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3D Printing Market: Don’t Count Printers, Count People

3D printing market

How will the 3D printing market in 2016 continue to grow? All3DP CEO Mathias Plica believes it’s all about people, not about machines. 

Let’s begin with a number that hasn’t yet received the public awareness it deserves: “By 2019, 10% of people in the developed world will be living with 3D printed items that are on or in their bodies”.

Pete Basiliere, of well-reputed research company Gartner, stated this in a blog post presenting a recent 3D printing report of December 2015. 10% of the developed world means something like 600 million people in 2019.

10% of the Developed World to use 3D Printed Products in 2019

Mathias Plica, CEO of All3DP (c) Bethel Fath 3
Mathias Plica is the CEO of All3DP GmbH (image: Bethel Fath)

According to the report “top growth categories include electronics, individualized wearable toys, jewelry and fashion, cosmetics/beauty aids, consumable foods, and all kinds of medical breakthroughs”.

The report has even more figures like this on the share of 3D printing in manufacturing, in health care and spare parts businesses.

The key statement, however, is this: the 3D printing market will be huge. And it is not about counting desktop 3D printers in private homes. It is about seeing the potential of 3D printed products being in use all over the different disciplines of manufacturing.

Our market model of All3DP recently estimated 182 million people worldwide using 3D printed products in 2019, either through making or buying. This is not the same number as Gartner’s 600 million, yet it is in the same direction. 2016 will see further evolution of 3D printing opportunities.

Perhaps the most evident sign of this development is the increasing number of Kickstarter projects with relation to 3D printing. Crowdfunding continues to flourish. And with it goes 3D printing. Hundreds of projects can be found there. Kickstarter and other crowd-funding platforms are obviously filling the innovation gap that established companies left open while sticking to their proprietary technologies.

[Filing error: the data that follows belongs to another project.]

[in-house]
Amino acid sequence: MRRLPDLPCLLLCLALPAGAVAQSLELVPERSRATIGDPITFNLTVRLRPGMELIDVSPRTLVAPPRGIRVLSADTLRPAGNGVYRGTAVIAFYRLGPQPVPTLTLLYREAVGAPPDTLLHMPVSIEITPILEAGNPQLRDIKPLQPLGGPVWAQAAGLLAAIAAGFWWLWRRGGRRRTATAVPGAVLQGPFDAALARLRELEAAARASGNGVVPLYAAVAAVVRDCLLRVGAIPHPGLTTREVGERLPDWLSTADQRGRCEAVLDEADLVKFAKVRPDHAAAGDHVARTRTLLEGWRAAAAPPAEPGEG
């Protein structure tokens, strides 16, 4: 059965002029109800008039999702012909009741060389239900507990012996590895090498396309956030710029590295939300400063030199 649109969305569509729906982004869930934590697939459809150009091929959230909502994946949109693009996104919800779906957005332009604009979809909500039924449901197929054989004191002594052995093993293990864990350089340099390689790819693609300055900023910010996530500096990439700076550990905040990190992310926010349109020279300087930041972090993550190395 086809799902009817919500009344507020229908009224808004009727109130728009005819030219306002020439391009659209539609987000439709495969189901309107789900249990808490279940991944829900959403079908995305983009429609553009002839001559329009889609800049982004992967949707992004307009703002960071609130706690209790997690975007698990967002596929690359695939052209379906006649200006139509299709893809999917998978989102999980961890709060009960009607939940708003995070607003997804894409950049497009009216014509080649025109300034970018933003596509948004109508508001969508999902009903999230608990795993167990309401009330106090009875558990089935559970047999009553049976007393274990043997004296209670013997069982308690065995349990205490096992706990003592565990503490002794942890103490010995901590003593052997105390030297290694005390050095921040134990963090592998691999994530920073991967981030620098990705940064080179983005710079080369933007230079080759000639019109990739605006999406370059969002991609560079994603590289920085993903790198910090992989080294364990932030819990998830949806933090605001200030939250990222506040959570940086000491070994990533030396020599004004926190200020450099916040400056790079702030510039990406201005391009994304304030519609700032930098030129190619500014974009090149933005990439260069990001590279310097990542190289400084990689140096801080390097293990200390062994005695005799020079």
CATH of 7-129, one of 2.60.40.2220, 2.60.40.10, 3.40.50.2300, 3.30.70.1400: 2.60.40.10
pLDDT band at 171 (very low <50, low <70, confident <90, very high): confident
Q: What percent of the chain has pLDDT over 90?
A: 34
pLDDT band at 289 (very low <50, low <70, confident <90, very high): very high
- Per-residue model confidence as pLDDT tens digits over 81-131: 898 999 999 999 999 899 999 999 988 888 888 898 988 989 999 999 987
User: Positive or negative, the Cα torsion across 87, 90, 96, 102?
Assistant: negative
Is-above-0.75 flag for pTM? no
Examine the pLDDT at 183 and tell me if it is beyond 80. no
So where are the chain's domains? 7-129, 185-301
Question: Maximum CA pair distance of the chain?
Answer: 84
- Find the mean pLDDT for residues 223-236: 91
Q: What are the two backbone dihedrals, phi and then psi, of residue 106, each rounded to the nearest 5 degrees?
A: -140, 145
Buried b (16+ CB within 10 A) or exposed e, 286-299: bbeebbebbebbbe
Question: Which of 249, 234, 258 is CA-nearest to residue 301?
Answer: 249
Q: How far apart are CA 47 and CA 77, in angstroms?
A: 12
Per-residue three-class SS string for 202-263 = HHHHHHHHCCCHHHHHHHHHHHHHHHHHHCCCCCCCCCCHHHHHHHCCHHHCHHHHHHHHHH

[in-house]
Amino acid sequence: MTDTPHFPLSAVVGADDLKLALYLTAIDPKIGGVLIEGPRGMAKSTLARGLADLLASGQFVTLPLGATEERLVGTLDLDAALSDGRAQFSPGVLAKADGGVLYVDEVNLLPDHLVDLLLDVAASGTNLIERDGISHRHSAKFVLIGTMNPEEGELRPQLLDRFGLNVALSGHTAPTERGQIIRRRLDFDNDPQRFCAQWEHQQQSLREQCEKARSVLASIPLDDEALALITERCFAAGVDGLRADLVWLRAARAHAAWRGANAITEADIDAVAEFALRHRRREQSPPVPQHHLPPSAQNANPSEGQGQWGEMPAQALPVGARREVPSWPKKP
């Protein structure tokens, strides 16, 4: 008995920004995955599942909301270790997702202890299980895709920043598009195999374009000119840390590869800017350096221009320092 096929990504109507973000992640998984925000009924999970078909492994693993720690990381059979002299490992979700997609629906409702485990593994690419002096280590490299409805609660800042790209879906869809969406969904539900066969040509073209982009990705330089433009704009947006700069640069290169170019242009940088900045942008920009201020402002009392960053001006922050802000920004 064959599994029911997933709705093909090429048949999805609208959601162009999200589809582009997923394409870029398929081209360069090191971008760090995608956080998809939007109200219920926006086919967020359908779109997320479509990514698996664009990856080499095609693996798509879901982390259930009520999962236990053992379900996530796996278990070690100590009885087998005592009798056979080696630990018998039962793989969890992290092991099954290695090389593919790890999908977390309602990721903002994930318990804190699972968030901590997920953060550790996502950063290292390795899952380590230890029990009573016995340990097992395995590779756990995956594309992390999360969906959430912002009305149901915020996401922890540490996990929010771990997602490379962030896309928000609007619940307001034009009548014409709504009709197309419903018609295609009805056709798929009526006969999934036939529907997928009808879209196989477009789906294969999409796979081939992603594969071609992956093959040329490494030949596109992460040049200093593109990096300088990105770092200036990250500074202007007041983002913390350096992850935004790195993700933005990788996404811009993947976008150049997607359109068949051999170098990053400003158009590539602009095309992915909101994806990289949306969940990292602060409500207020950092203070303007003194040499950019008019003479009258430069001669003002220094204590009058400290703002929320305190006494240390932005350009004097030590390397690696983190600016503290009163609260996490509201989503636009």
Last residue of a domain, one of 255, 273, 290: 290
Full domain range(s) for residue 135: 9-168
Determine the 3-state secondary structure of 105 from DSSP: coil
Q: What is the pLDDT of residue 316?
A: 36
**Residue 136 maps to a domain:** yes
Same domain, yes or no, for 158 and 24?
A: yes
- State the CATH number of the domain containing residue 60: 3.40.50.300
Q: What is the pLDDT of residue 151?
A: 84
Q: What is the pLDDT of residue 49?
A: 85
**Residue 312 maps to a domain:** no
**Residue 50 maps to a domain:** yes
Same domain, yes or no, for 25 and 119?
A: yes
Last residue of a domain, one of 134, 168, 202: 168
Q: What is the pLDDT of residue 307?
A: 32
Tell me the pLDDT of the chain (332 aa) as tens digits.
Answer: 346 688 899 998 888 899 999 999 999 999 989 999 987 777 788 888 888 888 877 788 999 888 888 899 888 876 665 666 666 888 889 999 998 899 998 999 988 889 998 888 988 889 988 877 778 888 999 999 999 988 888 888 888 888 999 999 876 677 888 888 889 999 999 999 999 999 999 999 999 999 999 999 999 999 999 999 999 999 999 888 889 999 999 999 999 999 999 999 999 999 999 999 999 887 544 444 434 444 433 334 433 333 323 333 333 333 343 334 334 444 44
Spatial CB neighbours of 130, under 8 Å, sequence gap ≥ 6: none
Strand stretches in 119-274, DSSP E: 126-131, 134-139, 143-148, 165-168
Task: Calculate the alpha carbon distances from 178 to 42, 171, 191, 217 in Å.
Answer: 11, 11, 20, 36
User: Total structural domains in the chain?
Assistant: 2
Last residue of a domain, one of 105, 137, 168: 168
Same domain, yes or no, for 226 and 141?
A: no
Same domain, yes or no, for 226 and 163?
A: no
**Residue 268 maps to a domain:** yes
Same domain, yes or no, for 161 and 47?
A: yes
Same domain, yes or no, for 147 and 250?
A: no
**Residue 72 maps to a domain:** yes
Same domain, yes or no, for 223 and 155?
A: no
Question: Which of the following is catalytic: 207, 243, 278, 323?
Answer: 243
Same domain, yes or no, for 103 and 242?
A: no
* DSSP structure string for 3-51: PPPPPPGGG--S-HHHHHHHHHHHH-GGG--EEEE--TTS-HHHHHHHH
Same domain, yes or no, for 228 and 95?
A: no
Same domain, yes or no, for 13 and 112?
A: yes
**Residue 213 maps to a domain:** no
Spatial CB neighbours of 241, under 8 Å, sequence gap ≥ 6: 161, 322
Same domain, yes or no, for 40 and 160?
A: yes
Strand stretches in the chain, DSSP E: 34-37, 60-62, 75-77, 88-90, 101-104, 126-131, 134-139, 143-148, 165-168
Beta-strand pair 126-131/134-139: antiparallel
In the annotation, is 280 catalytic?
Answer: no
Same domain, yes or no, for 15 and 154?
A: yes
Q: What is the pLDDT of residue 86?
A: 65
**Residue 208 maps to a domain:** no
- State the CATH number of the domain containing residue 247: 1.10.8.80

Or even better, the innovation space is widening thanks to many technology openings in all directions. Patents are lapsing, new software is doing its job, new materials are appearing. The 3D printing market is strongly benefiting from these opportunities.


Companies to Watch in 2016

Granted, some major players in the 3D printing industry have consolidated one way or another in 2015. This is what happens in any market. This has been subject to many comments already. Therefore, let’s change the focus.

There are many young companies to watch which we believe are doing an impressive job. This includes:

  • 3D model market places Pinshape or Sketchfab, which define high-quality standards for usability and products
  • global-local printing service 3D Hubs, which connects thousands of 3D printers to users
  • MyMinifactory, which ran a successful crowdfunding campaign to grow their community and offerings of 3D printable items
  • 3D printing services i.materialise, Sculpteo and Shapeways, which continue to offer more and more materials and will enable everybody of the 182 million people mentioned above to have their files printed
  • multi-colour-printing service Whiteclouds, which shows impressive growth rates
  • 3D printer manufacturers Ultimaker and Zortrax, which show the highest volume and growth rates, when you look to Google Trends
  • Formlabs, which set standards for desktop SLA printers

…and many more, which we watch and are happy to see grow and prosper.

The 3D printing ecosystem is impressive. It looks like technology still leaves a lot of space for new ideas and things to come.

But back to the beginning. We don’t talk anymore about five million desktop printers being sold four years from now. We have to consider instead the 600 million people who will have access to 3D printed products by 2019.